Triple P is not about being preached at or being told how to parent, says Sanders, in a telephone interview from Brisbane ahead of his visit here. It is for parents to determine their goals and values for their children – the programme provides the tools and the options to help achieve these.

Most parents, when asked what they want for their children, say the same thing, he explains. “They want their kids to be co-operative, respectful of them and others; they want them to have good friends and feel good about themselves.”

There is a common thread that runs through all the social worries we have about children, such as drugs, violence and teen pregnancy, and that is that “parenting matters”, he says. “If we can strengthen the knowledge, confidence and skills of parents in the task of raising their children, we probably have the potential to shift a number of the major concerns that we have about kids and, at the same time, end up with a double whammy benefit” – for the parents themselves.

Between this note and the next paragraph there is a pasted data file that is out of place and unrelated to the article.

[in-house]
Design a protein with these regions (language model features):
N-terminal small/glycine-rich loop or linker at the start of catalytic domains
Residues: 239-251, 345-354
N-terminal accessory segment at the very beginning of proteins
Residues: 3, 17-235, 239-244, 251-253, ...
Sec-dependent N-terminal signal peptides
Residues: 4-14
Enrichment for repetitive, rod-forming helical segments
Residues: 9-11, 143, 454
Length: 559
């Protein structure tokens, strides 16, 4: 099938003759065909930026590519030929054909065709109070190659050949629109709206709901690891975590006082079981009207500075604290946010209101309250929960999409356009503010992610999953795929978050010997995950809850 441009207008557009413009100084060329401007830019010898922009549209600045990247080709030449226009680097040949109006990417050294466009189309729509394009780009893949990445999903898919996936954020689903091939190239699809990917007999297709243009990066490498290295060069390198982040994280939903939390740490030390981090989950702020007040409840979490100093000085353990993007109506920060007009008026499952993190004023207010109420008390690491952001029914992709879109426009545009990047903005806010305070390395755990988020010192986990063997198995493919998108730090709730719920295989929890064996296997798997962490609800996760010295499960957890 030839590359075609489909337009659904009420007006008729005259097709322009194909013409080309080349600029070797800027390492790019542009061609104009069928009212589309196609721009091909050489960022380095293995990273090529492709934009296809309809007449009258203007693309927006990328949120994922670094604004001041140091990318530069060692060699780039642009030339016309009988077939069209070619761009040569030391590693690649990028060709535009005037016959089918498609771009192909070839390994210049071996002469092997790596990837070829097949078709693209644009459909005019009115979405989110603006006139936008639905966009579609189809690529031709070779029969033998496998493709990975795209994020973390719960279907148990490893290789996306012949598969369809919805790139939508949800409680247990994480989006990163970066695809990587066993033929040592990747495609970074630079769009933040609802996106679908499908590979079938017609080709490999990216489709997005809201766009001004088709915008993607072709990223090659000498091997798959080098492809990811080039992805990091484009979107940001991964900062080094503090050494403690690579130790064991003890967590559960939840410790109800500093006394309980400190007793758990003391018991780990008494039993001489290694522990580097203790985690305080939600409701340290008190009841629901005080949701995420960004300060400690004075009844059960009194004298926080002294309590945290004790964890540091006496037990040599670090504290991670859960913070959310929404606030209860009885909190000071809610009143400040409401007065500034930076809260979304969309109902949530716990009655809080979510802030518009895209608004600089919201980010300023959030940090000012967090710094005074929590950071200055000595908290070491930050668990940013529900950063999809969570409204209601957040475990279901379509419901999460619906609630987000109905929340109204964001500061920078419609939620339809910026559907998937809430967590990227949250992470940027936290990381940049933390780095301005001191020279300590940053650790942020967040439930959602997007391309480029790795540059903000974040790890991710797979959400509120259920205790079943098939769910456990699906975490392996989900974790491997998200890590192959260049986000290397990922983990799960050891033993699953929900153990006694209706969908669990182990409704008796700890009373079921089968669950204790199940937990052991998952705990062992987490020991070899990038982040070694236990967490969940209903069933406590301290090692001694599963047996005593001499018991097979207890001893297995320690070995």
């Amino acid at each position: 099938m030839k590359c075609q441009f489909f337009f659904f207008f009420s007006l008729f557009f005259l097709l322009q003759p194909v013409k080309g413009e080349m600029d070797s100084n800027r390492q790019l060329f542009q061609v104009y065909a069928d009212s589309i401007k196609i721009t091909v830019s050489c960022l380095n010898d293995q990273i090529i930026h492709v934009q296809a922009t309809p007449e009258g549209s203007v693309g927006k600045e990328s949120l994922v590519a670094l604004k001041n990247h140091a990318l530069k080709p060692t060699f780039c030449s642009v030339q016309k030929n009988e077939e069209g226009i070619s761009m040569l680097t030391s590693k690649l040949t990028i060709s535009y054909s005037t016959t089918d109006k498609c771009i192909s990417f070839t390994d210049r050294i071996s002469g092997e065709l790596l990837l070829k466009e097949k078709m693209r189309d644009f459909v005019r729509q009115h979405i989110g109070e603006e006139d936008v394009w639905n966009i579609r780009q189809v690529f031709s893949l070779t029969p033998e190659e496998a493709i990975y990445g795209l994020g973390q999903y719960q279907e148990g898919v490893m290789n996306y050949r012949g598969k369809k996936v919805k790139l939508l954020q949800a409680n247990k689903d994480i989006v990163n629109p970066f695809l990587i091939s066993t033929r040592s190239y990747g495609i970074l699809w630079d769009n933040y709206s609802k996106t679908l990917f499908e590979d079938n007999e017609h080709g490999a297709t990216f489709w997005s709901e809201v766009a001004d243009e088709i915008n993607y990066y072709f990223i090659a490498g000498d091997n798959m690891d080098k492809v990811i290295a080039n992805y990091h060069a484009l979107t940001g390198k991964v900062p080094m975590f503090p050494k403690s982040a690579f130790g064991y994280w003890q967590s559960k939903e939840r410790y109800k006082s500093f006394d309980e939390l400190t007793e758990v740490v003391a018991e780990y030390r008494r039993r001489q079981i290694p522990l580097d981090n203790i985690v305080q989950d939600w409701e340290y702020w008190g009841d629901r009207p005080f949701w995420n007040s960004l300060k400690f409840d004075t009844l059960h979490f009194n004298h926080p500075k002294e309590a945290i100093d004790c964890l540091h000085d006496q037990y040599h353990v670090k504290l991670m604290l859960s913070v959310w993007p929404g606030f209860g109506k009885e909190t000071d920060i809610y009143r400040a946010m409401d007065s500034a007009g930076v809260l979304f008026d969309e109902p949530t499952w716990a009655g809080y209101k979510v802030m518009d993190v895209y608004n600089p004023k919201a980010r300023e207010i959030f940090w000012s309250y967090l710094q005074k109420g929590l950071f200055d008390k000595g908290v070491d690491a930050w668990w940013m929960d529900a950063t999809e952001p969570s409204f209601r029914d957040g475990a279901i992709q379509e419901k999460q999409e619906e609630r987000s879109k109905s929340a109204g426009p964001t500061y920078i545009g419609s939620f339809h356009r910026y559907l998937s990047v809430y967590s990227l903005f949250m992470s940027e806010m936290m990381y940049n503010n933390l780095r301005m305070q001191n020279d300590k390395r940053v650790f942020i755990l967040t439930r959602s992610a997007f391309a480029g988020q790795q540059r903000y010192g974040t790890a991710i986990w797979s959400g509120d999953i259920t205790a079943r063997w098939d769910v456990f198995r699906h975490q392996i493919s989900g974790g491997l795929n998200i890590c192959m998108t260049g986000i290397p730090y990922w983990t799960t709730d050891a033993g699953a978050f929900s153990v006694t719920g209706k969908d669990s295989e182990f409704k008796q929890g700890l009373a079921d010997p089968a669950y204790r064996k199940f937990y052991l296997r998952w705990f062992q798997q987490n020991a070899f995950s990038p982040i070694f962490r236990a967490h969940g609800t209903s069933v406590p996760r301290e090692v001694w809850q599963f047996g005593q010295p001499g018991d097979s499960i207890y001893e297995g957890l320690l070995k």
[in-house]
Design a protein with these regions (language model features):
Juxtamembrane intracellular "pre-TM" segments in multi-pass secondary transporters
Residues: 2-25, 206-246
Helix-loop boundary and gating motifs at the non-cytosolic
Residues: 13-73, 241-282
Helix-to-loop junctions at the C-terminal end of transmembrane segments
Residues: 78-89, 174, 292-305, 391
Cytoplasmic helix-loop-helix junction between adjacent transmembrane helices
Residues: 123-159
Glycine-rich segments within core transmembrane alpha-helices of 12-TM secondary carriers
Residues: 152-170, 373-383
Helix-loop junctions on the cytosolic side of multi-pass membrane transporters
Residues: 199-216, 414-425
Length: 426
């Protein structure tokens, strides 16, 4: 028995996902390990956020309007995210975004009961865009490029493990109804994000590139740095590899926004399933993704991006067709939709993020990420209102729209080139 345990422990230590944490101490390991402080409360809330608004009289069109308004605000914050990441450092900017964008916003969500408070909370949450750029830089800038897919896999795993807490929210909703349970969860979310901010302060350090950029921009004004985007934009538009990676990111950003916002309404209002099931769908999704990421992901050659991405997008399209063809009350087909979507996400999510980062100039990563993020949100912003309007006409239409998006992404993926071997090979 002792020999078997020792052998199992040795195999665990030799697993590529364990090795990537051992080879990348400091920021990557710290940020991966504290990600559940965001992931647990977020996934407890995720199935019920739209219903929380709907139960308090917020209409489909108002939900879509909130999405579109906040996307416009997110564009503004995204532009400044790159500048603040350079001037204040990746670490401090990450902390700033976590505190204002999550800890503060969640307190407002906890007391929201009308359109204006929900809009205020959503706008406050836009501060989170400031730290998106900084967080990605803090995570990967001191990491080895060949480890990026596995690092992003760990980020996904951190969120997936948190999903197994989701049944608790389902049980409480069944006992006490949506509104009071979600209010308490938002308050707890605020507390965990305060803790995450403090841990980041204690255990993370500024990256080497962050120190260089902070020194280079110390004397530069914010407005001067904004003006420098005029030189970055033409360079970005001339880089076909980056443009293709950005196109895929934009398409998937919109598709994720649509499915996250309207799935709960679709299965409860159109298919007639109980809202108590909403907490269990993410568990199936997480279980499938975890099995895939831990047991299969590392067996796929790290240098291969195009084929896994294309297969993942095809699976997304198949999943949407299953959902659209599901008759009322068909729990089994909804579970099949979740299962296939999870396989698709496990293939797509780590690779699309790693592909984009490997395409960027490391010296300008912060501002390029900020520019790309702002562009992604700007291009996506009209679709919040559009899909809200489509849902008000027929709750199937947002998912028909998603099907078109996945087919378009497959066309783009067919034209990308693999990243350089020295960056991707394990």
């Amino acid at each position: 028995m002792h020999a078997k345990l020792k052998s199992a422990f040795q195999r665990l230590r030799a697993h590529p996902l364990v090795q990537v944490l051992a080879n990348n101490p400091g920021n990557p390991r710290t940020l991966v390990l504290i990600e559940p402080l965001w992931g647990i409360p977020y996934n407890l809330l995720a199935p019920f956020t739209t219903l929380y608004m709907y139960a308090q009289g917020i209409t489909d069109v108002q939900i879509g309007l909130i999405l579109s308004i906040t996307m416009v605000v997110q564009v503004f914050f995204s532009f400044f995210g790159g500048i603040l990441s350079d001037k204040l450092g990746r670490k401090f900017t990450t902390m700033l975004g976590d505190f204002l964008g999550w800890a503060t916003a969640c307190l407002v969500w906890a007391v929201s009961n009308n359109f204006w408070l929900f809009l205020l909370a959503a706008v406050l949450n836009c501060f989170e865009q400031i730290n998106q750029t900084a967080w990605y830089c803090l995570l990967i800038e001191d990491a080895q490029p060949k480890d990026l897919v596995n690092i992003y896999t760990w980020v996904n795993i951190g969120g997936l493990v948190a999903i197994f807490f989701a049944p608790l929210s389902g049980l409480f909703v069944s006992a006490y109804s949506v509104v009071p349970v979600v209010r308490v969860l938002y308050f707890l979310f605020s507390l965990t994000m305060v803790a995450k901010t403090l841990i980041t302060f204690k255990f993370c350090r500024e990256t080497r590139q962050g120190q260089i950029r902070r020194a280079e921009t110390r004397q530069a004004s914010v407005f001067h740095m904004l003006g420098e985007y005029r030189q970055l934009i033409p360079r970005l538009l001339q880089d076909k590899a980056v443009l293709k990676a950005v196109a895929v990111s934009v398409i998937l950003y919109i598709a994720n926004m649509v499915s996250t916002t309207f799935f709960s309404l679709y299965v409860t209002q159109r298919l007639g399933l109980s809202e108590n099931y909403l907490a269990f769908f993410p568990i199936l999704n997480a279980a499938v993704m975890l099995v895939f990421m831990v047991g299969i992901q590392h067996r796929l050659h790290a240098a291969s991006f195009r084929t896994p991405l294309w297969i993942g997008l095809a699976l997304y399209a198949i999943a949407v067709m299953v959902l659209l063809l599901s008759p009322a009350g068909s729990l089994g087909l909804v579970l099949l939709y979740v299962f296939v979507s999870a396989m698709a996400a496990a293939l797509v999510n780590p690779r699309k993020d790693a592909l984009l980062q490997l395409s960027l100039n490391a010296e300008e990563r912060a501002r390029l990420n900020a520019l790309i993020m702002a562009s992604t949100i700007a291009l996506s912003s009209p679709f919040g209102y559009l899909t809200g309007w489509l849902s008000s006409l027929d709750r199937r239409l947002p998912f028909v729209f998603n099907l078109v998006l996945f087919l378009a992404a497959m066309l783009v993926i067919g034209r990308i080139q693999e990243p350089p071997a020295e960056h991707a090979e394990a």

Research shows that when people learn positive parenting skills, they are often less depressed, less stressed, there is less marital conflict “and we have even got data showing that working parents function better at work”.

It is easy for people to take potshots at parents when things are going wrong with children, he says. “It is quite another thing to have anticipated many of these problems, to have planned a strategy that says all parents at some point are going to require support in some instance with their children.”